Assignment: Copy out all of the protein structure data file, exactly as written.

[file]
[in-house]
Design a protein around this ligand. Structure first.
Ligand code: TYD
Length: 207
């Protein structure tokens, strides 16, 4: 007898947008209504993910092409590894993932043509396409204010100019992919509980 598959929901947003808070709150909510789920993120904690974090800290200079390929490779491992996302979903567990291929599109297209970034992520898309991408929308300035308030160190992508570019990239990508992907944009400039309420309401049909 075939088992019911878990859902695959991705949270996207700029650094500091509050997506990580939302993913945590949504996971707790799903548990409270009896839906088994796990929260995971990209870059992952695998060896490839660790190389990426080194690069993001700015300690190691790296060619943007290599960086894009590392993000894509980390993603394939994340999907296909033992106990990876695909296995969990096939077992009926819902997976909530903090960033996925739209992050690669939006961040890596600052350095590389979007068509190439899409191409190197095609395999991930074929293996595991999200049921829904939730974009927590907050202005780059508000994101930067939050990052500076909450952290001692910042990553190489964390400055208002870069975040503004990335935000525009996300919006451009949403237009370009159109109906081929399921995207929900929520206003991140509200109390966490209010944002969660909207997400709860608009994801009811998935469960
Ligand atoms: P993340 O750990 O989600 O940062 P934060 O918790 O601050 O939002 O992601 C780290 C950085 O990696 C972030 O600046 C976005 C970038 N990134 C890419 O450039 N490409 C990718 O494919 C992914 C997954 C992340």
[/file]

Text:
[in-house]
Design a protein around this ligand. Structure first.
Ligand code: TYD
Length: 207
């Protein structure tokens, strides 16, 4: 007898947008209504993910092409590894993932043509396409204010100019992919509980 598959929901947003808070709150909510789920993120904690974090800290200079390929490779491992996302979903567990291929599109297209970034992520898309991408929308300035308030160190992508570019990239990508992907944009400039309420309401049909 075939088992019911878990859902695959991705949270996207700029650094500091509050997506990580939302993913945590949504996971707790799903548990409270009896839906088994796990929260995971990209870059992952695998060896490839660790190389990426080194690069993001700015300690190691790296060619943007290599960086894009590392993000894509980390993603394939994340999907296909033992106990990876695909296995969990096939077992009926819902997976909530903090960033996925739209992050690669939006961040890596600052350095590389979007068509190439899409191409190197095609395999991930074929293996595991999200049921829904939730974009927590907050202005780059508000994101930067939050990052500076909450952290001692910042990553190489964390400055208002870069975040503004990335935000525009996300919006451009949403237009370009159109109906081929399921995207929900929520206003991140509200109390966490209010944002969660909207997400709860608009994801009811998935469960
Ligand atoms: P993340 O750990 O989600 O940062 P934060 O918790 O601050 O939002 O992601 C780290 C950085 O990696 C972030 O600046 C976005 C970038 N990134 C890419 O450039 N490409 C990718 O494919 C992914 C997954 C992340």